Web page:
March 1st of this year I was sick with a combination of the flu, a sinus infection, and strep throat. I could not physically get out of bed and simply laid for almost 48 hours, the longest I have been unable to care for my boys since their births. To say Jaylen was severely affected by those 2 days is an understatement.
Anxiety set in with a vengeance. Jaylen was on edge, crying constantly, and scared of everything around him. He cried at school drop off, then all throughout the school day. He cried when he went to bed, he cried when I wasn't at his side in our house, and he cried for what seemed like no reason at all. He carried around his Leapster Explorer (which has a digital camera) in order to look at a picture of me. He even fell asleep looking at the picture every night, even though I was physically less than 100 feet away.
We were able to assume the anxiety originated from my 2 days of quarantine, since there were no other changes in his life. Our assumptions were verified when one day a month later, I laid on the couch for just a few minutes, which is rare, and he started to panic, asking if I was getting sick again.
I cleared my schedule, switching my tutoring students to only times he was at school. I spent as many minutes of the day with him as possible. Then I attended a seminar on anxiety in children with Autism and the speaker, who had a PhD in anxiety (who even knew they had that?), said I was doing exactly the opposite of what I should. Rearranging my life to help Jaylen through this time was not helping him, but hurting him. I was enabling his feelings of anxiety and fear of me not always being present.
When my personal hurt at the thought of trying tough love became obvious, the doctor told a story of a mom who for 8 years was never apart from her daughter, except for school hours. The doctor had to counsel them from square one, starting with the mother leaving the house for two minutes to take out the garbage. The daughter screamed for the entire two minutes, but they were able to establish that both of them did not die, or get hurt. Over the next few years they increased the time apart until they had a healthy, normal relationship.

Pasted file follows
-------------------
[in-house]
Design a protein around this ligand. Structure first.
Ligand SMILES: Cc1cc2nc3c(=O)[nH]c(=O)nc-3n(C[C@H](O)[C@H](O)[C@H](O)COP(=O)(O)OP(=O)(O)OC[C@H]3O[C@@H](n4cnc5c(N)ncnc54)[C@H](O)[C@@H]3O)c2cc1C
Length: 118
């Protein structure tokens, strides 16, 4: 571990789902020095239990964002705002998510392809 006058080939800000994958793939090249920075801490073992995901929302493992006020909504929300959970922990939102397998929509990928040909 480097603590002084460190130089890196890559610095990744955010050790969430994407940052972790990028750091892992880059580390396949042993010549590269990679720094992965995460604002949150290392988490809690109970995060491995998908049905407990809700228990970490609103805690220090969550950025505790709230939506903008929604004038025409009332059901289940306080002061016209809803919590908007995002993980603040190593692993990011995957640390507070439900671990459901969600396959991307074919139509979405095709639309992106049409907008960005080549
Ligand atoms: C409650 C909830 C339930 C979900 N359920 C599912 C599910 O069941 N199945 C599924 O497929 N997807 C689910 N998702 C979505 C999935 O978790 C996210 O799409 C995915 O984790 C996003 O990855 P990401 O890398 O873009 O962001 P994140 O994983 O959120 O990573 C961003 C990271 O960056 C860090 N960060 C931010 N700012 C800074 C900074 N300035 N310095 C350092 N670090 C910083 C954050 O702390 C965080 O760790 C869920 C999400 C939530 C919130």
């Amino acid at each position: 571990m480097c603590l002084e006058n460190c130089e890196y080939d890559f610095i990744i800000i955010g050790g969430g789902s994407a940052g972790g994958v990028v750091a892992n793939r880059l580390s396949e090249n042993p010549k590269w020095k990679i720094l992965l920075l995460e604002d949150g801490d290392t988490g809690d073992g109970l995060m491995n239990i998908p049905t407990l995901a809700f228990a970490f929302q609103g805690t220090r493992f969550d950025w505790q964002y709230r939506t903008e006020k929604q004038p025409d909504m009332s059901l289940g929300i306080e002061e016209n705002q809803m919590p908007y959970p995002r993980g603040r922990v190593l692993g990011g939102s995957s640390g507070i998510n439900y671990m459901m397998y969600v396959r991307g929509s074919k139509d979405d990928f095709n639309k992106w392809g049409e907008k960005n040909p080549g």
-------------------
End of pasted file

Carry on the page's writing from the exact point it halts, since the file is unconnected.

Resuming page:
The example hit home, and in my deep subconscious I could see myself getting to a similar point with Jaylen if I didn't reign it in. So I slowly backed away, and he slowly became more independent again, which isn't a normal or typical level of independence, but it works. I equate it to my fear of bridges. If I always avoided them my panic and fear would increase until they evolved to the point I couldn't ever cross a bridge.
Autism, Jaylen and I all have a hand in that remaining umbilical cord. But I do realize I can take more steps to slowly snip at it. Even though Jaylen's future gives me heart palpitations, I do know I need to prepare him for that future, no matter how much it may hurt he or I in the process.
This post was written for Best of the Best on SOS Research Blog.
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